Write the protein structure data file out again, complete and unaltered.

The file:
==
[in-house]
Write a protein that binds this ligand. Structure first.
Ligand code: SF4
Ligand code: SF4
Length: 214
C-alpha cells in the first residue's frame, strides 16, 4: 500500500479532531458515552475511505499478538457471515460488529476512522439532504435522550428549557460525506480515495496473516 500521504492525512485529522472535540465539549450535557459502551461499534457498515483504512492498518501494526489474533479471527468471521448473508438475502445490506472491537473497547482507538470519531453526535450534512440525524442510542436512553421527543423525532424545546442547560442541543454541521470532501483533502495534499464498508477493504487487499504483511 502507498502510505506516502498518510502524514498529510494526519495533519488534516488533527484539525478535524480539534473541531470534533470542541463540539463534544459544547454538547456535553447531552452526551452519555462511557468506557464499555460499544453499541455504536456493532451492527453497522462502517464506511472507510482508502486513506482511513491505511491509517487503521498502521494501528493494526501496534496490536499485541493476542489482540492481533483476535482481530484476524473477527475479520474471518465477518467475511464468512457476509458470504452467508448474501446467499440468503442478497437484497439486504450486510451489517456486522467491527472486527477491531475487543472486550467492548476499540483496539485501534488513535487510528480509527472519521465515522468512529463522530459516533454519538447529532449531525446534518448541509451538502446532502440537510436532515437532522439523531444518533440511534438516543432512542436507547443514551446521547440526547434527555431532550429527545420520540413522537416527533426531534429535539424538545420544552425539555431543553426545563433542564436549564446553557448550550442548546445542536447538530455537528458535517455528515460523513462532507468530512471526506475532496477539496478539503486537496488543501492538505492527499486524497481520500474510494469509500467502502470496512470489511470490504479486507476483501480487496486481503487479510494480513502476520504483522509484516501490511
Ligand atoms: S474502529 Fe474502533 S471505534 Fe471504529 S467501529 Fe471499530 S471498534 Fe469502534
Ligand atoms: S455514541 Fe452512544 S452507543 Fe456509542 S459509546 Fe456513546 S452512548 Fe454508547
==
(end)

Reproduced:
[in-house]
Write a protein that binds this ligand. Structure first.
Ligand code: SF4
Ligand code: SF4
Length: 214
C-alpha cells in the first residue's frame, strides 16, 4: 500500500479532531458515552475511505499478538457471515460488529476512522439532504435522550428549557460525506480515495496473516 500521504492525512485529522472535540465539549450535557459502551461499534457498515483504512492498518501494526489474533479471527468471521448473508438475502445490506472491537473497547482507538470519531453526535450534512440525524442510542436512553421527543423525532424545546442547560442541543454541521470532501483533502495534499464498508477493504487487499504483511 502507498502510505506516502498518510502524514498529510494526519495533519488534516488533527484539525478535524480539534473541531470534533470542541463540539463534544459544547454538547456535553447531552452526551452519555462511557468506557464499555460499544453499541455504536456493532451492527453497522462502517464506511472507510482508502486513506482511513491505511491509517487503521498502521494501528493494526501496534496490536499485541493476542489482540492481533483476535482481530484476524473477527475479520474471518465477518467475511464468512457476509458470504452467508448474501446467499440468503442478497437484497439486504450486510451489517456486522467491527472486527477491531475487543472486550467492548476499540483496539485501534488513535487510528480509527472519521465515522468512529463522530459516533454519538447529532449531525446534518448541509451538502446532502440537510436532515437532522439523531444518533440511534438516543432512542436507547443514551446521547440526547434527555431532550429527545420520540413522537416527533426531534429535539424538545420544552425539555431543553426545563433542564436549564446553557448550550442548546445542536447538530455537528458535517455528515460523513462532507468530512471526506475532496477539496478539503486537496488543501492538505492527499486524497481520500474510494469509500467502502470496512470489511470490504479486507476483501480487496486481503487479510494480513502476520504483522509484516501490511
Ligand atoms: S474502529 Fe474502533 S471505534 Fe471504529 S467501529 Fe471499530 S471498534 Fe469502534
Ligand atoms: S455514541 Fe452512544 S452507543 Fe456509542 S459509546 Fe456513546 S452512548 Fe454508547